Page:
US warns of ‘missile or drone attacks’ in UAE travel advisory | Conflict News


An Emirati official says the UAE remains one of the safest countries, promising Houthi attacks will not be a “new normal”.

The US State Department added the ‘threat of missile or drone attacks’ to a travel advisory for the United Arab Emirates, which was already on a US list of ‘do not travel’ destinations due to the pandemic of COVID-19.

The department added the potential new threat to its travel warning for the United Arab Emirates – already at the highest level, “do not travel” – on Thursday.

The possibility of attacks affecting American citizens and interests in the Gulf and the Arabian Peninsula remains an ongoing and serious concern,” the State Department said.

“Rebel groups operating in Yemen have declared their intention to attack neighboring countries, including the United Arab Emirates, using missiles and drones. Recent missile and drone attacks have targeted populated areas and civil infrastructure.

The update came 10 days after a drone and missile attack claimed by Yemen’s Houthi rebels killed three people in Abu Dhabi. Another missile attack targeting the UAE capital on Monday temporarily disrupted air traffic.

The US military said it helped intercept two Houthi missiles on Monday that targeted Al Dhafra air base, home to around 2,000 US service members.

The Department of State recently raised the travel advisory for most countries around the world, including neighboring Canada, to “do not travel” due to COVID-19. There are four levels of warning, the lowest being ‘take normal precautions’.

In response to the US travel warning, an Emirati official told AFP news agency that the United Arab Emirates remained “one of the safest countries”.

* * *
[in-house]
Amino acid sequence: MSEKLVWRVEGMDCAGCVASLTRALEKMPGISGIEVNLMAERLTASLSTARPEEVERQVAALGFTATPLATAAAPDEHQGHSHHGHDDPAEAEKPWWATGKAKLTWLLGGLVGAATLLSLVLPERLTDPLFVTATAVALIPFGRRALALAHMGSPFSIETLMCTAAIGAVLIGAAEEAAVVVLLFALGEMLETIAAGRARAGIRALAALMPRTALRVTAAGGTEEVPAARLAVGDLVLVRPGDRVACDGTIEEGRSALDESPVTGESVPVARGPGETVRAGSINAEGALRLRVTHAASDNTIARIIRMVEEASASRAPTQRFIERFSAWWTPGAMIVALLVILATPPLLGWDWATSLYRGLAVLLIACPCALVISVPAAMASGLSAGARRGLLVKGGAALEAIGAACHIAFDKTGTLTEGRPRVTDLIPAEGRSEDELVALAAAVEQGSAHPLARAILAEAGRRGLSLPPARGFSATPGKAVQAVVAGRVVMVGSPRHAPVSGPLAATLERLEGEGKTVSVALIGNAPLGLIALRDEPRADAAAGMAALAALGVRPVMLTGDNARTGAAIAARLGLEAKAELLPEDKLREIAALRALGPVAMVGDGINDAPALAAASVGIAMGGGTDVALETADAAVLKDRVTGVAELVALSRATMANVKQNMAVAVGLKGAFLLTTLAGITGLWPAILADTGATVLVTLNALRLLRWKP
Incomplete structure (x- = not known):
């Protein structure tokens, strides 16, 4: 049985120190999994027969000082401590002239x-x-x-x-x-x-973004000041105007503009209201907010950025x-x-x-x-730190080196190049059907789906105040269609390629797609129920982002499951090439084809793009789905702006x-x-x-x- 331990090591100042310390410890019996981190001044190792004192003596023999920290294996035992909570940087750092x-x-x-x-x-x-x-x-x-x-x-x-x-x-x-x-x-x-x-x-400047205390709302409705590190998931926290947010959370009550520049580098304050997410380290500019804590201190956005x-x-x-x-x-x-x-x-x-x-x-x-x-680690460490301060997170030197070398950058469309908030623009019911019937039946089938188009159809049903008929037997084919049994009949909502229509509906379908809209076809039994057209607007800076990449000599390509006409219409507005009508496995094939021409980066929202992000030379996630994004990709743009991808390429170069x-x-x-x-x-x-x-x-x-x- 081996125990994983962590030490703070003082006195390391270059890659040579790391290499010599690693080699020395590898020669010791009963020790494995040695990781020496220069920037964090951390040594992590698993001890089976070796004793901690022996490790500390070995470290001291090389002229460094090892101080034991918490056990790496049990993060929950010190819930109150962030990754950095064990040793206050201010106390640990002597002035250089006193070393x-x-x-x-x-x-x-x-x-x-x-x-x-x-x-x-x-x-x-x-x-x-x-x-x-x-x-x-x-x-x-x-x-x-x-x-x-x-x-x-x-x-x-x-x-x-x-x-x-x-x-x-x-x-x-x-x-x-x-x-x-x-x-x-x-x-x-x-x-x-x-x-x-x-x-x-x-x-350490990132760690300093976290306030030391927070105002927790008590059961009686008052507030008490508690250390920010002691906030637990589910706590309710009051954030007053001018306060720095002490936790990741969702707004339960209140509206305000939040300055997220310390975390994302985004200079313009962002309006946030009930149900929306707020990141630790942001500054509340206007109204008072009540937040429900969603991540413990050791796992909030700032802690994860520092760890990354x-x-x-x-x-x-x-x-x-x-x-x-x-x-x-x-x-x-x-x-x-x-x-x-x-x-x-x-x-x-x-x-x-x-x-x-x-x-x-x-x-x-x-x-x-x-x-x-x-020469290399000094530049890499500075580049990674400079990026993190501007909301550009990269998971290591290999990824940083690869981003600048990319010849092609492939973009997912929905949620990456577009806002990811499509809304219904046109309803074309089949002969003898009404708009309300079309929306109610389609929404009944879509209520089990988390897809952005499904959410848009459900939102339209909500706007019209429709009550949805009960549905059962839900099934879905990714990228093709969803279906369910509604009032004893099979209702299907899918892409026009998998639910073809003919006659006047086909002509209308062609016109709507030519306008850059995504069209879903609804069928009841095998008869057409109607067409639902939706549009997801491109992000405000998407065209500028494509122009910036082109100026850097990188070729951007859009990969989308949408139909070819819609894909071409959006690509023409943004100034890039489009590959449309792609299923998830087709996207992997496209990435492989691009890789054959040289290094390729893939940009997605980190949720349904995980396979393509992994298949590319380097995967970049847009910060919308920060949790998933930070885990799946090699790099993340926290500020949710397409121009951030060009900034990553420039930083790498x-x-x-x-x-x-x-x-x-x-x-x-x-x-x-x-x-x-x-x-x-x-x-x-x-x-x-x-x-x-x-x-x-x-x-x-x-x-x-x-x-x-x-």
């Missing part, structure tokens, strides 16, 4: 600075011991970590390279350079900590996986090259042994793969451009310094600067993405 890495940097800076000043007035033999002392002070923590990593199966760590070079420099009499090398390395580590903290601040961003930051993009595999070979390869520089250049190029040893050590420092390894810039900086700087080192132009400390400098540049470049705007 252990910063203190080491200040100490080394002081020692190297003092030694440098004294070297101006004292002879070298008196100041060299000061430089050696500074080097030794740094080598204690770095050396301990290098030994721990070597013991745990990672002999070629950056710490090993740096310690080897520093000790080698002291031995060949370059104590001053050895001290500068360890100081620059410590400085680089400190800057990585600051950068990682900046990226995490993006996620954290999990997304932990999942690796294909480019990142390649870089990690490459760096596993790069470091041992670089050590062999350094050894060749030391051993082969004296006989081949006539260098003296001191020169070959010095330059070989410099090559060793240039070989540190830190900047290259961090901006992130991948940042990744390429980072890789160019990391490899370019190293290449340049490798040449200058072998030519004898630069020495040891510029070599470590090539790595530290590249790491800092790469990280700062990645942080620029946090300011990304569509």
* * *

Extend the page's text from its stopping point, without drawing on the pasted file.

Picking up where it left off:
“This will not be the new normal for the UAE,” the official said. “We refuse to acquiesce to the threat of Houthi terror that targets our people and our way of life.

The Houthis have recently started directly targeting the United Arab Emirates – a key ally of Saudi Arabia, which is waging a bombing campaign against the Houthis.

The Saudi-led, US-backed coalition intervened in Yemen in 2015 to repel Houthi rebels, who had taken control of most of the country, including the capital Sanaa, and to restore government supported by the Gulf of President Abd Rabbo Mansour Hadi.

The war has brought Yemen to the brink of famine, triggering what the United Nations has called the world’s worst humanitarian crisis.

The coalition accuses the rebels of being proxies for Iran – a charge the Houthis and Tehran deny.

While the United Arab Emirates said it had withdrawn its troops from Yemen, the Houthis accused the country of supporting anti-rebel forces across the country. The Houthis said the attacks on the United Arab Emirates were in retaliation for what they called “the US-Saudi-Emirati aggression”.

“The United Arab Emirates will be a dangerous state as long as its aggressive escalation against Yemen continues,” a Houthi military spokesman said after the deadly attack on Abu Dhabi on January 17.


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